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The Flight of Apollo 7
This documentary looks back at Apollo 7, the first manned flight of the Apollo program. Apollo 7 was designated as the essential engineering test of the spacecraft before the ambitious lunar missions could be attempted.


Running the Boston Marathon in space
NASA astronaut Suni Williams will run the Boston Marathon on a treadmill aboard the International Space Station. To preview the event, Williams, an accomplished marathoner, and Expedition 14 commander Michael Lopez-Alegria talk with The Boston Globe and the New England Sports Network.


Exercising on ISS
International Space Station Expedition 14 commander Michael Lopez-Alegria and flight engineer Suni Williams give a show-and-tell about the exercise equipment and routines aboard the orbiting complex.


STS-57: EURECA retrieved
After nearly a year in space, the European Retrievable Carrier (EURECA) satellite was plucked from orbit and stowed aboard Endeavour for return to Earth during STS-57. The June 1993 mission also featured the first flight of the commercial Spacehab module outfitted with a range of microgravity experiments for the crew to use. A spacewalk to demonstrate working on the end of the shuttle robot arm was performed as well.


STS-56: Sun and Earth
Working in two shifts around the clock, the astronauts of shuttle mission STS-56 conducted extensive observations of the Earth's atmosphere using the ATLAS 2 payload in the spring of 1993. The SPARTAN Sun-studying satellite was deployed and then retrieved during Discovery's flight too. The crew narrates the highlights in this presentation.


STS-54: TDRS and toys
Space shuttle Endeavour lofted another Tracking and Data Relay Satellite into orbit for NASA during a January 1993 mission. An Inertial Upper Stage boosted the craft toward geosynchronous orbit. Other highlights from STS-54 included a mobility-testing spacewalk and an educational project to demonstrate the physics behind toys in space. The crew narrates this post-flight film.


STS-52: Lofting LAGEOS
The Laser Geodynamics Satellite (LAGEOS), a small ball-shaped spacecraft designed to help earthquake research by monitoring the movements of the Earth's crustal plates, was launched from space shuttle Columbia in October 1992. The crew of STS-52 narrate the highlights of the mission, which included Canadian and microgravity experiments.


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Atlantis to fly with repaired fuel tank around June 8
Posted: April 10, 2007

Launch of the shuttle Atlantis on a hail-delayed flight to the international space station is slipping to no earlier than June 8, officials said today, to give engineers more time to repair damaged foam insulation on the ship's external fuel tank.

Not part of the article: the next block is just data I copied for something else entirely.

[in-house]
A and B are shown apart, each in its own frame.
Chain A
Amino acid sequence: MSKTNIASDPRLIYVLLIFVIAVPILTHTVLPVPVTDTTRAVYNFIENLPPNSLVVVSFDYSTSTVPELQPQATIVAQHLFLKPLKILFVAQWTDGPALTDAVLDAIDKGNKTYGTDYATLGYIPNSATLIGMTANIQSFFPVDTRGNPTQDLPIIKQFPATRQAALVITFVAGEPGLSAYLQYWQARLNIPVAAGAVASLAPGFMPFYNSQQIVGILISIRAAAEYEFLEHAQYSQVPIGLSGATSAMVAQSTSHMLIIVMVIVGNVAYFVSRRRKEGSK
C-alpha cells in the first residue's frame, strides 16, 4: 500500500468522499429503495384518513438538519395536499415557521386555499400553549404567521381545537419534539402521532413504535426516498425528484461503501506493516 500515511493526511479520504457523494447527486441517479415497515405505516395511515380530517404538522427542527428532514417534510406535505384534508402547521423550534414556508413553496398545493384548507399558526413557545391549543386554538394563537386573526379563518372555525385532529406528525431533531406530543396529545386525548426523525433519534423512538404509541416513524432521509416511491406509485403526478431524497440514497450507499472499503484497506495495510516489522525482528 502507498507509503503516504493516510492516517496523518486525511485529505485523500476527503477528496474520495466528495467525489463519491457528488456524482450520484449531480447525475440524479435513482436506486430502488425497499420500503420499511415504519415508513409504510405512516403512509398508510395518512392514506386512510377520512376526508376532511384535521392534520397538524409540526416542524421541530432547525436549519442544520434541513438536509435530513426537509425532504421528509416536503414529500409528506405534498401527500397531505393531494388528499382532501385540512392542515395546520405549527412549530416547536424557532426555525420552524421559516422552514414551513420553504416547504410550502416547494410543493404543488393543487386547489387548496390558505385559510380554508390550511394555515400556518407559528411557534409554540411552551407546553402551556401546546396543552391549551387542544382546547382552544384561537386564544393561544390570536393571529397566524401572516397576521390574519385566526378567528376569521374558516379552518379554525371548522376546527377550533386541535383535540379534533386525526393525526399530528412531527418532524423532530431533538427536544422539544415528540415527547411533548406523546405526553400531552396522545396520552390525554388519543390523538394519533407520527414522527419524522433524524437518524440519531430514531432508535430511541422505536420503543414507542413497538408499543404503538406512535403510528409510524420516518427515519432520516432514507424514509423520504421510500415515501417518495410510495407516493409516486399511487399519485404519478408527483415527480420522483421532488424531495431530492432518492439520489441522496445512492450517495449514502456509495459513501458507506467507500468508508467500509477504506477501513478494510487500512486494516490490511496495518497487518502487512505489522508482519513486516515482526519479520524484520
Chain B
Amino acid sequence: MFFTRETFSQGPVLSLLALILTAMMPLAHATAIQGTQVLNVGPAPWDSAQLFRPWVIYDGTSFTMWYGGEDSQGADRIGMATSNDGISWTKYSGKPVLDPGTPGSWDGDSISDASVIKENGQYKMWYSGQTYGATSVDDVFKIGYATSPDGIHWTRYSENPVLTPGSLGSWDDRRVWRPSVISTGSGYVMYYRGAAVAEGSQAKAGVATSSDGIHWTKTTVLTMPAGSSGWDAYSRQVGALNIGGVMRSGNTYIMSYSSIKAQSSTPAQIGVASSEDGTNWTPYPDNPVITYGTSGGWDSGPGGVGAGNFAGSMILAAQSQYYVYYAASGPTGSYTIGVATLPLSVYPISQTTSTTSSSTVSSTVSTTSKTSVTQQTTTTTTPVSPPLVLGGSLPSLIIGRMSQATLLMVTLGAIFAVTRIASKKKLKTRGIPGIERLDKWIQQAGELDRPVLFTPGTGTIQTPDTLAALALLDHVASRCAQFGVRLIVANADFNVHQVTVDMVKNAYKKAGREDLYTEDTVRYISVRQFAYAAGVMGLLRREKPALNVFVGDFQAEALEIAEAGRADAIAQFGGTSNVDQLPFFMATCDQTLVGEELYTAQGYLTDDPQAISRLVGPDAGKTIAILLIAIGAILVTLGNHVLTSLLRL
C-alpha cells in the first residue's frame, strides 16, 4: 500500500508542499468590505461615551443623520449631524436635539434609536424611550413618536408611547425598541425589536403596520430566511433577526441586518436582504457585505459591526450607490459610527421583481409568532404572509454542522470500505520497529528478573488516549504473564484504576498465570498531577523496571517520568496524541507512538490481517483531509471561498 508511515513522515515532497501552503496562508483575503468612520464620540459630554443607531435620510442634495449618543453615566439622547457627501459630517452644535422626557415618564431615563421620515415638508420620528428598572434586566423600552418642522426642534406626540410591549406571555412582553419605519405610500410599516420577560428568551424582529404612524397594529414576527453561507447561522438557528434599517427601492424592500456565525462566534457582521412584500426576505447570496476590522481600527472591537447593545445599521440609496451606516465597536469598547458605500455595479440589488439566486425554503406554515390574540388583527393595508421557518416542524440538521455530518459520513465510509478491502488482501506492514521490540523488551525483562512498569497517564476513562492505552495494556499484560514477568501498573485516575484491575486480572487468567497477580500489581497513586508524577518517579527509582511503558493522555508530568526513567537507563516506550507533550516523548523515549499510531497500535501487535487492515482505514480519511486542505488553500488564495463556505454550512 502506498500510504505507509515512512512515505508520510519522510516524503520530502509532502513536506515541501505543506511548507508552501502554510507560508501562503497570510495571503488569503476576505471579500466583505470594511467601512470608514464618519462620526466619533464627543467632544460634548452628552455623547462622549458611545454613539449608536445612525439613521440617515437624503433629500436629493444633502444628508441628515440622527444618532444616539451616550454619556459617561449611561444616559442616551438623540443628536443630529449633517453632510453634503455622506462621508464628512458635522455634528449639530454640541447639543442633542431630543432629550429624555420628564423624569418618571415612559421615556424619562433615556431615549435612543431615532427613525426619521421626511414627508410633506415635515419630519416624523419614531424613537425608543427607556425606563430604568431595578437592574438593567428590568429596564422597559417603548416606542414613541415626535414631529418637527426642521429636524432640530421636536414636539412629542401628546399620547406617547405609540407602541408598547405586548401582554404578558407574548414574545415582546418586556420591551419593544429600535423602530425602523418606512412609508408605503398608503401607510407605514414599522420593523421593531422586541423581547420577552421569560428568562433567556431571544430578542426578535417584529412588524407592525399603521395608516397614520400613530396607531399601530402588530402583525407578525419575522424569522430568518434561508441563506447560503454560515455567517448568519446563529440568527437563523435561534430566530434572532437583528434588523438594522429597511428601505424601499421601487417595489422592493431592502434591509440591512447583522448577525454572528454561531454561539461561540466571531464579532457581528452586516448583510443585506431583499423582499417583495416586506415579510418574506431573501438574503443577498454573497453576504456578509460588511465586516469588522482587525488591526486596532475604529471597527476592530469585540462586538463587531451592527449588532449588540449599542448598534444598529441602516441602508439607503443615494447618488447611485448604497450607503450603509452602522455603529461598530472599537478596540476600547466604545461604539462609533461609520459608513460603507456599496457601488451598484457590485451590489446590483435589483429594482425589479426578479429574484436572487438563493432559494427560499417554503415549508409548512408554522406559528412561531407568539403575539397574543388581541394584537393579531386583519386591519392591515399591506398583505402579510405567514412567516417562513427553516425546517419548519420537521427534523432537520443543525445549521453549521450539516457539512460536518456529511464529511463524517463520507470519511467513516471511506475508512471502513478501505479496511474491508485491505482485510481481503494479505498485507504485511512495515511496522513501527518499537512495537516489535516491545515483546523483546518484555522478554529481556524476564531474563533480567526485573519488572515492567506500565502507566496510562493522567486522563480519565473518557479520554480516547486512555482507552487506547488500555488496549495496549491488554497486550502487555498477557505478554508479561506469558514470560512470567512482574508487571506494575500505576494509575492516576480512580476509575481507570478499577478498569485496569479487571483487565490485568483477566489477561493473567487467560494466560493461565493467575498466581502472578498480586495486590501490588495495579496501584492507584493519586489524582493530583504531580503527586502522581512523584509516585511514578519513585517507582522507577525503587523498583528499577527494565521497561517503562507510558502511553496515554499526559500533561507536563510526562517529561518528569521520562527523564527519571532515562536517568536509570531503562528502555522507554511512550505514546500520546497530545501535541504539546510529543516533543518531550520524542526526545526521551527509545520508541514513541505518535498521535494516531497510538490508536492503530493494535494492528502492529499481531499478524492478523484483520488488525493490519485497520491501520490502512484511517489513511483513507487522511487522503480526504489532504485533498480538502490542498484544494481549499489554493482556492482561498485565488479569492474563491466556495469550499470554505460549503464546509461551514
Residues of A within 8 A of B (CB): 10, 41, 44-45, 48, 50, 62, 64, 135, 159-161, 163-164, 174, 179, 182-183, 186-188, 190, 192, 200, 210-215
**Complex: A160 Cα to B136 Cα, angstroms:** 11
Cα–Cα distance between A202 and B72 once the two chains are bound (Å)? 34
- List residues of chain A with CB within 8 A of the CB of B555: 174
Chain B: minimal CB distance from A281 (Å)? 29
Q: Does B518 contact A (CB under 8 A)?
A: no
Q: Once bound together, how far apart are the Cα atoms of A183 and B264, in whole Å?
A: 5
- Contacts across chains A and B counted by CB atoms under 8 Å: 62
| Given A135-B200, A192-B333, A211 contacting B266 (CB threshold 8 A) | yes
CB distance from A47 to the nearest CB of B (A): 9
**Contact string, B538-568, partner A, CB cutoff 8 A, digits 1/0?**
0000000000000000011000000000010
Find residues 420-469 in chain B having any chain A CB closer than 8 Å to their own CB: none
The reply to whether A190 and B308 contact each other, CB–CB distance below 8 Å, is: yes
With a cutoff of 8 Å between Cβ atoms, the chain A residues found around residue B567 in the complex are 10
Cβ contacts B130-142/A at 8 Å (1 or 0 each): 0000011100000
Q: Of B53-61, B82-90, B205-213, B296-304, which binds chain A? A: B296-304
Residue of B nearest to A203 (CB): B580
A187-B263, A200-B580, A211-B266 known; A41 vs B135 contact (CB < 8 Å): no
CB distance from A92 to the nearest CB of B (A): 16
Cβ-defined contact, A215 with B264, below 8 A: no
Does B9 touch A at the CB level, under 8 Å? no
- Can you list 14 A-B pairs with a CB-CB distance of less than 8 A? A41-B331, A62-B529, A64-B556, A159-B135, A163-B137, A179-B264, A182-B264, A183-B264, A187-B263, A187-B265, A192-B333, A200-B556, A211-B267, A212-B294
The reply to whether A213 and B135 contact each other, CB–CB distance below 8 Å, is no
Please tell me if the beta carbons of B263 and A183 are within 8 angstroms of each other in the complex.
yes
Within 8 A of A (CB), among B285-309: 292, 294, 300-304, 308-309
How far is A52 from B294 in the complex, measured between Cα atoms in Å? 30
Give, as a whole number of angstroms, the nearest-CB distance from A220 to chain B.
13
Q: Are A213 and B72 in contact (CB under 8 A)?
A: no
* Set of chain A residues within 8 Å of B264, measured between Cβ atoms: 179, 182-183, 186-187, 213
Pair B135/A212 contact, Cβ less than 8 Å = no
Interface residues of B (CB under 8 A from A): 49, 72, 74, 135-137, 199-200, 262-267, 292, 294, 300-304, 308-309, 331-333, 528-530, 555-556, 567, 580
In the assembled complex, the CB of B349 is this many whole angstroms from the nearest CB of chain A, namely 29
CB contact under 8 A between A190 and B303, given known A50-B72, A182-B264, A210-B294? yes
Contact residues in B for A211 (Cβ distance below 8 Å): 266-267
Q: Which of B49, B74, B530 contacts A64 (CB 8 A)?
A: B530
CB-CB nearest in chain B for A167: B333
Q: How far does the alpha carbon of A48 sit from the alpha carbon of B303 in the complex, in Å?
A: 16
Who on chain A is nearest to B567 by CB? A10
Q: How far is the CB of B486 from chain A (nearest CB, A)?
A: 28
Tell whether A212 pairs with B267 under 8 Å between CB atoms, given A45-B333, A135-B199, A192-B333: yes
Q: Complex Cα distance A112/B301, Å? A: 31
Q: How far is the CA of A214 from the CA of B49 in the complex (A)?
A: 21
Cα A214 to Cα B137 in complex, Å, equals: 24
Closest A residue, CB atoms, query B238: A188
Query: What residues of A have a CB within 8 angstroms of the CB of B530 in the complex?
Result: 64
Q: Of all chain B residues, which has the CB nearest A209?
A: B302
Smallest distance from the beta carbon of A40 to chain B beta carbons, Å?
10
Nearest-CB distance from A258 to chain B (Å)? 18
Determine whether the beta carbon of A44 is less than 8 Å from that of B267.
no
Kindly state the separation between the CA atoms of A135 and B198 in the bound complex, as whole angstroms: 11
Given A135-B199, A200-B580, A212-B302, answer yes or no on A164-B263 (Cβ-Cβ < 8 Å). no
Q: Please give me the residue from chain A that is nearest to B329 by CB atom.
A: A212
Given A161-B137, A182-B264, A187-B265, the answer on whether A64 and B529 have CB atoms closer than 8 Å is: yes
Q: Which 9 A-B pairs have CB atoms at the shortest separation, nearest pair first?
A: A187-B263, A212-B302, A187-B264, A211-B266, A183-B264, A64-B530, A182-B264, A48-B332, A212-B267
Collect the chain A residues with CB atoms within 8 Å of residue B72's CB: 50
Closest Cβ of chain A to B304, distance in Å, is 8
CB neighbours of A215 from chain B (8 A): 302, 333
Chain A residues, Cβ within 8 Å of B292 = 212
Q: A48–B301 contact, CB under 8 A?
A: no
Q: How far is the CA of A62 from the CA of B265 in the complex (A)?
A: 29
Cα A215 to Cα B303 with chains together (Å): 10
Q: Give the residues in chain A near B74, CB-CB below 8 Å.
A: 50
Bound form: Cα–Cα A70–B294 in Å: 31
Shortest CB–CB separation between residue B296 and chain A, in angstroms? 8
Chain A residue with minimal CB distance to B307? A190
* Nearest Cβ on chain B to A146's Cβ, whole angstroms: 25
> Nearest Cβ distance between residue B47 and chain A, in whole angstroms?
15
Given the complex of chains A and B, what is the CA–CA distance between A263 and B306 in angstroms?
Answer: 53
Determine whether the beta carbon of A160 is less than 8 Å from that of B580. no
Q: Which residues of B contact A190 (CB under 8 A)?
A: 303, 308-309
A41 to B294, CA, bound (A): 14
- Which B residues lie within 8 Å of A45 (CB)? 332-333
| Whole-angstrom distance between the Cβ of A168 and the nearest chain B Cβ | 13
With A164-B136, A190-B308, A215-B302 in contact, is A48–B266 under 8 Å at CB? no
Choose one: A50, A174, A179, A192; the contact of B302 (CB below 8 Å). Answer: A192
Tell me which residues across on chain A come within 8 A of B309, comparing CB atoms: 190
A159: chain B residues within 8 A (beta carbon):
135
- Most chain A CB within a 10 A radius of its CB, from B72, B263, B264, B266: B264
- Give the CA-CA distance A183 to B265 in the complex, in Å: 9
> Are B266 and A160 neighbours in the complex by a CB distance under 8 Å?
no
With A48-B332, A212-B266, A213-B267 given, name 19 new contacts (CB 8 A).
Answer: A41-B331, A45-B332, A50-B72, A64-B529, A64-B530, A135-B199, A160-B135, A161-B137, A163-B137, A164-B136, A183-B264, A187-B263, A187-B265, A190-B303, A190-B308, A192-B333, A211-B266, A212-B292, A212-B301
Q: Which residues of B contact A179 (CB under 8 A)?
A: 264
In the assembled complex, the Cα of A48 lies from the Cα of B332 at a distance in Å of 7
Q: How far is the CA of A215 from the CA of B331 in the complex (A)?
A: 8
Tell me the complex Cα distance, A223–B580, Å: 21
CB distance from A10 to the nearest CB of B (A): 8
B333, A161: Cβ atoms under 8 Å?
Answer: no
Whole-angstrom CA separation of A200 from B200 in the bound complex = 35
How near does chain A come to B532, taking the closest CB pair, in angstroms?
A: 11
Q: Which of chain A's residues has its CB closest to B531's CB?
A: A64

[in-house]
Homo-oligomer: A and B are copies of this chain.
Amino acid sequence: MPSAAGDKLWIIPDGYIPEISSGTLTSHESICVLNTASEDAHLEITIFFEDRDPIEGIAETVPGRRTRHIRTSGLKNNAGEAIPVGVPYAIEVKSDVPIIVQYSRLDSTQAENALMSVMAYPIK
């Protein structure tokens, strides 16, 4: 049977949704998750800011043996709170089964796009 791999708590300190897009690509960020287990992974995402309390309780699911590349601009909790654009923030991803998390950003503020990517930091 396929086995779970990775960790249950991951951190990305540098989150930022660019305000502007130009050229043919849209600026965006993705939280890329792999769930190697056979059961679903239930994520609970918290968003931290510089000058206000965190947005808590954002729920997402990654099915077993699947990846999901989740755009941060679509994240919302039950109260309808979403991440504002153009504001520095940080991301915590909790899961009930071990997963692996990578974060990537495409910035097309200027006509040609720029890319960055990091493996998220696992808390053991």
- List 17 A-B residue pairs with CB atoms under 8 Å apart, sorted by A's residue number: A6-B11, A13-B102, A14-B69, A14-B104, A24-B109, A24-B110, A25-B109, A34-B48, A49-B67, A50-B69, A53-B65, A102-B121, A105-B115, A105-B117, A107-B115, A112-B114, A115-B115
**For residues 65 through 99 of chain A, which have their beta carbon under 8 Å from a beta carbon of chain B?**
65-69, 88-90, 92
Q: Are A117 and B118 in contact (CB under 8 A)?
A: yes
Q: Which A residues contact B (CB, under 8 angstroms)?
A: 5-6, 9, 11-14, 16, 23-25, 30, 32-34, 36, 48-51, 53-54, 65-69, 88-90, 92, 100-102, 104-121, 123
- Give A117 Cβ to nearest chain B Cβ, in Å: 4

Credit: NASA-KSC
The decision was made after assessing the progress of repairs to date and extensive testing and analysis to evaluate how those repairs will stand up to the thermal and aerodynamic rigors of launch. While agency managers were forced to give up any hope of launching before the May 21 end of the current launch window, the assessment showed it made more sense to stick with the current tank and launch in early June than it did to switch to a new tank.

"If we continue at this pace of repair, we should be looking at a vehicle rollout to the launch pad perhaps as early as May 6 and launch that would come ... no earlier than June the 8th," said shuttle Program Manager Wayne Hale. "What we're doing, of course, is letting the work drive the schedule instead of the other way around. We are proceeding with a great deal of caution."

Hale said NASA hopes to launch the shuttle Endeavour on the next flight in the sequence as early as Aug. 5 and, if no major problems develop, two more flights in October and December.

"We sent out the potential manifest to review to all the parts of the shuttle program," Hale said. "We are going to come back Monday afternoon, April 16, and review what people think of that. But I will tell you it depends entirely on when we get done with these ET repairs and launch STS-117. I mean, that's the first part of flying the rest of the flights this year. I would tell you that flying four flights is not outside the realm of possibility, but we want to do this in a safe and orderly manner and we'll just see how it works out."

NASA managers had hoped to launch Atlantis on mission STS-117, the first of five planned 2007 shuttle missions, March 15. But during a freak storm that thundered over pad 39A on Feb. 26, the shuttle's external tank was blasted by hail, suffering thousands of pits and gouges in its foam insulation. Wind gusts reached 62 knots and hail up to 1.5 inches in diameter was found at the pad.

Atlantis, shielded by moveable weather protection panels, was unscathed. But NASA managers ultimately decided to move the shuttle back to the Vehicle Assembly Building for detailed inspections and, if possible, repairs.

As it turned out, most of the damage was restricted to the upper liquid oxygen section of Atlantis's tank. Only a handful of dings were found lower down on the hydrogen section and while two dozen heat shield tiles on the orbiter were scraped by hail that worked its way behind the weather protection panels, detailed inspections show the ship's critical carbon composite wing leading edge panels and nose cap were undamaged.

John Honeycutt, deputy manager of the external tank project, said today some 2,664 areas of damage requiring repair have been identified. Two areas, one near the tip of the tank that had between 1,000 and 1,600 hits and the other lower down on the side of the oxygen tank with 200 or so tightly packed impact sites, were so heavily pitted that engineers opted against individual repairs.

Instead, the damaged foam will be sanded down and fresh insulation will be sprayed on by tank engineers. About 700 dings and pits will be fixed by boring them out and pouring in fresh foam. Honeycutt said about half of those repairs have been completed to date. The remainder of the damage will be fixed by so-called "sand-and-blend" techniques or simply flying as is.

A closeup view of the tank. Credit: NASA-KSC
Foam sprays normally are carried out robotically at Lockheed Martin's Michoud Assembly Facility in New Orleans. The repair sprays will use a different type of foam and it will be applied manually. These are "non-standard" repairs and extensive testing was ordered to make sure the foam will provide the proper pre-launch insulation and also stand up to the rigors of launch without shedding any debris that could damage the shuttle's heat shield.